NEWS + ADVICE
My Advice for New Military Spouses
The military lifestyle doesn’t come easily to most people. Many, many years ago, we were at our first operational base in Wichita, Kansas, when my husband left for his first deployment. As a new wife and a new mom, I found myself thousands of miles away from my family in DC and absolutely clueless about the military lifestyle. TDY, DEERS, TRICARE, MTF and DFAS may as well have been Greek – they were all so foreign to me. We were also the newbies in an operational squadron going through our first deployment when everyone else was so much more experienced.
Back then I was essentially the girl without a clue. Thank goodness for the kindness of two friends took me under their wing. I will be forever indebted to Wendy Diessner and Carol Smith.
Maybe it was the aura of desperation wafting off me at the squadron spouses’ meeting, but I think they sensed that I was a lost soul and adopted me. Every time my toddler had me pulling my hair out they’d show up with their broods in tow and we’d be off to the McDonald’s play area or the Jumpy place.
When we found out the squadron had been extended for another couple of weeks, we commiserated together. And when I was having a particularly rough night, they thought nothing about a 3 am call because they’d heard the news too and they were up anyway.
Holidays were spent together, we were never alone if we didn’t want to be and I will be eternally grateful to them for their friendship and the lessons they taught me. Over the next three years, we made it through that deployment and so many more.
Fast forward over 10 years later. Our son was in school full-time and after two back-to-back overseas assignments, we were finally back in the U.S. and I could think about starting my career. But, a lot of time had passed since I’d finished school, so I had no idea where to start. Enter another fantastic military spouse, my mentor, Dr. Janet Breslin-Smith. Janet taught me how to network my way to a dream job with a military non-profit and how to navigate DC culture. Again, when I found myself lost, it was another military spouse who came to the rescue.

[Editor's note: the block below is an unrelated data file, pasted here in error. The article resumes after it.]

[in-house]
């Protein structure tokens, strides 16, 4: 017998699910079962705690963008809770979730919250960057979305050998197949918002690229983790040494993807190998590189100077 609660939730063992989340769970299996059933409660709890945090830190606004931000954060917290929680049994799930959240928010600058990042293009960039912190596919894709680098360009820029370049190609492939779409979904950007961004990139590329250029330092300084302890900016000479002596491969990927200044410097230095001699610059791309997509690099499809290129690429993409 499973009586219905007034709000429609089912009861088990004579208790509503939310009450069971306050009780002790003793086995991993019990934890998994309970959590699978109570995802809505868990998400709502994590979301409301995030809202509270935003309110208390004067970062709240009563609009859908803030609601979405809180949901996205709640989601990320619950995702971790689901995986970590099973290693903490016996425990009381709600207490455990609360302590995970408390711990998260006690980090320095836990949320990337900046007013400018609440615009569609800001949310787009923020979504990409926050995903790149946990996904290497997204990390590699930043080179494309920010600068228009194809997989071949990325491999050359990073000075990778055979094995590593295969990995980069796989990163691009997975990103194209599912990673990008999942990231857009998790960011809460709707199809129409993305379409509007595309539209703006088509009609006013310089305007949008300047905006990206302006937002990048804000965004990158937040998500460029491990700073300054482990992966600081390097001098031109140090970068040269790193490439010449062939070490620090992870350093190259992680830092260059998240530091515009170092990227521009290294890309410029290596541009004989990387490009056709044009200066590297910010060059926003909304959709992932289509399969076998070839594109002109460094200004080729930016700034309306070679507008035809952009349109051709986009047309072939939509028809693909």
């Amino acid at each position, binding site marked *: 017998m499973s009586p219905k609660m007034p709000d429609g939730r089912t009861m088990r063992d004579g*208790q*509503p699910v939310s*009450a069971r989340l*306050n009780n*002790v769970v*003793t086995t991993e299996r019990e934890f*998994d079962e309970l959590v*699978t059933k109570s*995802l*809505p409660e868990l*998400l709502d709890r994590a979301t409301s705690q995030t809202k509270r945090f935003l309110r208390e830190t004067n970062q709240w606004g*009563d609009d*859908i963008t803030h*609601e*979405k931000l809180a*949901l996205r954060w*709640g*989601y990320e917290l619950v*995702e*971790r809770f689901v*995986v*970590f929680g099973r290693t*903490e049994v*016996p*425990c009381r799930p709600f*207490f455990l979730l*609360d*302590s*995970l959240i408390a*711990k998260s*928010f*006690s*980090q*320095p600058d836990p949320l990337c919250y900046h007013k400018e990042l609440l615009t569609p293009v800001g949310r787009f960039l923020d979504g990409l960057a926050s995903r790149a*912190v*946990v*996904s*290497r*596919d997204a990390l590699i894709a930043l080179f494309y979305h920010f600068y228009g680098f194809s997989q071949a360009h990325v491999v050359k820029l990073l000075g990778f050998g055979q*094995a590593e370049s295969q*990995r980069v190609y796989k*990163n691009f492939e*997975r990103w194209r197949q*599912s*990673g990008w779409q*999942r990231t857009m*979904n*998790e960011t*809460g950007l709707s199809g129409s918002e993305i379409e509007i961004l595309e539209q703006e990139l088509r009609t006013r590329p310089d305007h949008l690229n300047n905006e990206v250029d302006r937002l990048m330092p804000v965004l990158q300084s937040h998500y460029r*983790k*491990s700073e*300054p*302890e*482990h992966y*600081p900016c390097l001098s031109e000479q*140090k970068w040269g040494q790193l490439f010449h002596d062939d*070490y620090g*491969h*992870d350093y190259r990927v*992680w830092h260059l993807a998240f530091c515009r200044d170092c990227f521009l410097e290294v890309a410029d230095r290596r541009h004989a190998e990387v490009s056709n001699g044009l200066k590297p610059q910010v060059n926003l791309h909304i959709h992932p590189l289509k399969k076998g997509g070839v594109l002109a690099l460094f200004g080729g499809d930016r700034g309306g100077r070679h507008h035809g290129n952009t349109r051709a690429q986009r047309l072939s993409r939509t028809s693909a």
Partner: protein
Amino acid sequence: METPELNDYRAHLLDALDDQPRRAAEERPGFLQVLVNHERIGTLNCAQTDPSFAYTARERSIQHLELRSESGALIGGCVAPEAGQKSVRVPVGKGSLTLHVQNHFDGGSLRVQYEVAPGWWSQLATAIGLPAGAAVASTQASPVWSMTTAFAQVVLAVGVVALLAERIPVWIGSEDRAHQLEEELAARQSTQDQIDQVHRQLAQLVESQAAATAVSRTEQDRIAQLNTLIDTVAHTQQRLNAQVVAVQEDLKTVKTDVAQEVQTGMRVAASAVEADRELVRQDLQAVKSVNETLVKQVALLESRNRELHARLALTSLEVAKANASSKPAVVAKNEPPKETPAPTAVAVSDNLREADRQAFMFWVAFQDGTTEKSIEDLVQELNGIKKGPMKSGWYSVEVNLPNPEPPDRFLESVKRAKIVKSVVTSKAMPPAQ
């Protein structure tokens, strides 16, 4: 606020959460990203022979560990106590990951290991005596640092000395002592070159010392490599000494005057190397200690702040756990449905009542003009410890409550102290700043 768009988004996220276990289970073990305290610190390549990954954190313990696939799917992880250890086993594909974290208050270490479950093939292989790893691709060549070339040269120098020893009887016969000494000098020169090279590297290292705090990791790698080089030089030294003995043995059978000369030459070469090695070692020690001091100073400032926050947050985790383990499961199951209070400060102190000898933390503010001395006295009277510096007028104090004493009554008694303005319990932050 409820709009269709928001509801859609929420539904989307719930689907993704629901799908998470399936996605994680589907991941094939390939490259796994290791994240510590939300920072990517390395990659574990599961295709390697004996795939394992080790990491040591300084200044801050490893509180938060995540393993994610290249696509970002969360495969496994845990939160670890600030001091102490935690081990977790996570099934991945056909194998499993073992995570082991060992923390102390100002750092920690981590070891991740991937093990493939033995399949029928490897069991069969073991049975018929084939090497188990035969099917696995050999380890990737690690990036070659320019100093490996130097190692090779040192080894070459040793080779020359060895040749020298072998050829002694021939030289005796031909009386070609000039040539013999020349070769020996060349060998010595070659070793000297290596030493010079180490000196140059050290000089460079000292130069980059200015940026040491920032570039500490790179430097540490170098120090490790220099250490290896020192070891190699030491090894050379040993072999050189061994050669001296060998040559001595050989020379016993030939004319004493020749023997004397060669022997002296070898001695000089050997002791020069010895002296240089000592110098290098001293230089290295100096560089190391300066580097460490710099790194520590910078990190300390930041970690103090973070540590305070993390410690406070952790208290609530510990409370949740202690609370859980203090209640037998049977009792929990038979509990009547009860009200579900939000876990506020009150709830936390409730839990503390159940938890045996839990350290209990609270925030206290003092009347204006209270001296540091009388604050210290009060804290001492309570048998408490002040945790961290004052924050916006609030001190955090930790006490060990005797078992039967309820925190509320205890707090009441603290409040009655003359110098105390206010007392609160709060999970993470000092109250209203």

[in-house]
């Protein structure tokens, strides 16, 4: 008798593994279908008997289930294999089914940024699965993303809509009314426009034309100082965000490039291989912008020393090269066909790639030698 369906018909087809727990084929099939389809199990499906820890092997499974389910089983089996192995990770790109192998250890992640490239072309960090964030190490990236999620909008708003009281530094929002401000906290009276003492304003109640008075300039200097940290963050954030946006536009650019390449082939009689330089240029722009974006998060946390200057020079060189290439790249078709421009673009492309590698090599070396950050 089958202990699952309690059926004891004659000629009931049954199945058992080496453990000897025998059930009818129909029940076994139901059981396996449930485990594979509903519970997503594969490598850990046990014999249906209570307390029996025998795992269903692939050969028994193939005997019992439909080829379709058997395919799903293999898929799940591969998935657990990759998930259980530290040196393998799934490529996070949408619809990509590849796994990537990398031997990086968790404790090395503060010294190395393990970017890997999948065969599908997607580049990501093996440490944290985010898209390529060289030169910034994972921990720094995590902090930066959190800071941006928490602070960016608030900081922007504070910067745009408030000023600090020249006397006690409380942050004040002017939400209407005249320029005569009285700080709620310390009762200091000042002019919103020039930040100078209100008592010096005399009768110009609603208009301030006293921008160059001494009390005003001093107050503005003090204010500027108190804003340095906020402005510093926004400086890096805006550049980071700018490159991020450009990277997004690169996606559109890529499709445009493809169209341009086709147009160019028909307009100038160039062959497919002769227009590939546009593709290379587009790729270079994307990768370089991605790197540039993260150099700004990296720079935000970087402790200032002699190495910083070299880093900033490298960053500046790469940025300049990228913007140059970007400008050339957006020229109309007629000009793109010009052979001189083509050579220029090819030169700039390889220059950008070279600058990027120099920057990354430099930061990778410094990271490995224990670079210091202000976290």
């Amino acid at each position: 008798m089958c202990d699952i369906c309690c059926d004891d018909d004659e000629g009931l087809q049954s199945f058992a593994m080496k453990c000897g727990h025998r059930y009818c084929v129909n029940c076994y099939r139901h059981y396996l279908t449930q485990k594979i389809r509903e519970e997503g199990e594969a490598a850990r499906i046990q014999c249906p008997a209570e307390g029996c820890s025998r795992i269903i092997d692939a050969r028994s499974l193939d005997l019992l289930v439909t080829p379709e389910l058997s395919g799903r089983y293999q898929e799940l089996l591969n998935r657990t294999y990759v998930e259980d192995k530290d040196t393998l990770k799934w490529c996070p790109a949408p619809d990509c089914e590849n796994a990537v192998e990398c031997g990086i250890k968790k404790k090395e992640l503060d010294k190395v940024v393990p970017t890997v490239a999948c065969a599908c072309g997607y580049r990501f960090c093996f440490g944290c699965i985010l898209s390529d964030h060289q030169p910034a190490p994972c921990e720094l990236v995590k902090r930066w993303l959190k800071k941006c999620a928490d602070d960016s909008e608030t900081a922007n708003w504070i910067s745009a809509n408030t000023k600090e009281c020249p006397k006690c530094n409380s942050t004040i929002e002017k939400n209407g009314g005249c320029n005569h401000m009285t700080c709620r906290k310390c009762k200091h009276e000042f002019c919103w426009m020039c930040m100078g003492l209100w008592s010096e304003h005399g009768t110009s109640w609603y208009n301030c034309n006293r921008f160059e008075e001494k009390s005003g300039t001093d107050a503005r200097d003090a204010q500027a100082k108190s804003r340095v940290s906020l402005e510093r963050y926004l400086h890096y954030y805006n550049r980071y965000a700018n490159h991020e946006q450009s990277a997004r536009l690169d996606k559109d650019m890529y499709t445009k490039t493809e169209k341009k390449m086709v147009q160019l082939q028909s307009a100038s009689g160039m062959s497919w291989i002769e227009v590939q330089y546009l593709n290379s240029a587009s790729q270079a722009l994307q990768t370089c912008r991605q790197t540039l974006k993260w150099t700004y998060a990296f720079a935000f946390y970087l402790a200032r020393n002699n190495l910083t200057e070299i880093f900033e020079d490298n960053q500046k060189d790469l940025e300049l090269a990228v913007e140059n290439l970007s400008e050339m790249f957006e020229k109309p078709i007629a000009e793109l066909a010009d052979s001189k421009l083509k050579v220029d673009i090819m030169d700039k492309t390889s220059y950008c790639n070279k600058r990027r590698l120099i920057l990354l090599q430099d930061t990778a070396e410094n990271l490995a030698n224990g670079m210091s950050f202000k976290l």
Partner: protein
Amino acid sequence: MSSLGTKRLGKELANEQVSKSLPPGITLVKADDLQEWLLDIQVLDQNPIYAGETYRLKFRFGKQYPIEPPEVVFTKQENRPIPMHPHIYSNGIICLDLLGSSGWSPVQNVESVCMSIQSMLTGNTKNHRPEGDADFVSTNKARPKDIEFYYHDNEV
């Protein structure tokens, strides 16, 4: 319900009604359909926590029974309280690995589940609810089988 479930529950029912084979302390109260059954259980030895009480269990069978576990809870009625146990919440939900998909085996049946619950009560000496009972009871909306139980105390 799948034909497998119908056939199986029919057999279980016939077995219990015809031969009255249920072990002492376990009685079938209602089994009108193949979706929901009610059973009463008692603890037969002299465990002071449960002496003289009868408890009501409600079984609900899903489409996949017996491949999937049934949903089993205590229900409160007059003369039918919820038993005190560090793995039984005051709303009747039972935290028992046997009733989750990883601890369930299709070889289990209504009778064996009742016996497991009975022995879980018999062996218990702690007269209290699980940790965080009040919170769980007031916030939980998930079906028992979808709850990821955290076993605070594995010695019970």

Recommendations for Newbies
My husband is getting close to retirement and our PCS’s and deployments are likely behind us. Upon reflection, this is what I would tell my 22-year-old self about living well within the military lifestyle:
* Seek out mentors along the way.
* Be aware of your resources and benefits – if you don’t use them, they will go away.
* Stay aware of what’s going on around military benefits and give feedback when asked.
* Find a battle buddy. They will help guide you through this lifestyle and keep you sane.
* Take it easy on yourself. Everyone handles a deployment or a TDY differently. There is no right or wrong way. Deployments and the lifestyle are not always easy, and we all falter at some point.
* Mentor other spouses along the way.
* Get involved. Show up. Like networking for work, the time to meet the other folks in the squadron isn’t when you need something from them.
* Your family and civilian friends are great, but other military spouses are the ones who will understand exactly what you’re going through because they’re in the exact same boat.
* You are not in this alone. Other military spouses will be your best friends, resources and advocates.
Twenty years into this lifestyle and I remain in awe of my fellow military spouses.
For many people, the constant moving would discourage them from connecting with the local community. For the military spouse, the opposite is true. Adversity just makes them stronger. What some people view as obstacles, military spouses take on as challenges to be overcome. With only eighteen months to three years at most duty stations, they view it as a limited time to make friends and leave a mark on the community. Military spouses jump in wholeheartedly into the PTA, church and community. Every once in a while they may glance at the diplomas on the wall and wonder what if. Then reality comes crashing in and they realize that they are the only constant for their children while mom or dad is deployed or remote, and they remain steadfast in your conviction that they are doing the right thing.
Military spouses come from diverse backgrounds, but the one thing they have in common is unfailing support of their military husband or wife and the mission of the United States military. The husbands and wives of all our men and women in uniform worldwide deserve our thanks. We salute their strength, patriotism and support. Military spouses make the mission possible.
Sue Hoppin is a nationally recognized expert on military spouse and family issues. She is an advocate, published author and consultant with more than 20 years of experience and expertise in military community programs. In 2010, Sue founded the National Military Spouse Network, a professional development and networking membership organization supporting the professional career and entrepreneurial goals of military spouses. Follow Sue on Twitter at @SLHoppin.This entry was posted on Wednesday, May 08, 2013 7:00 am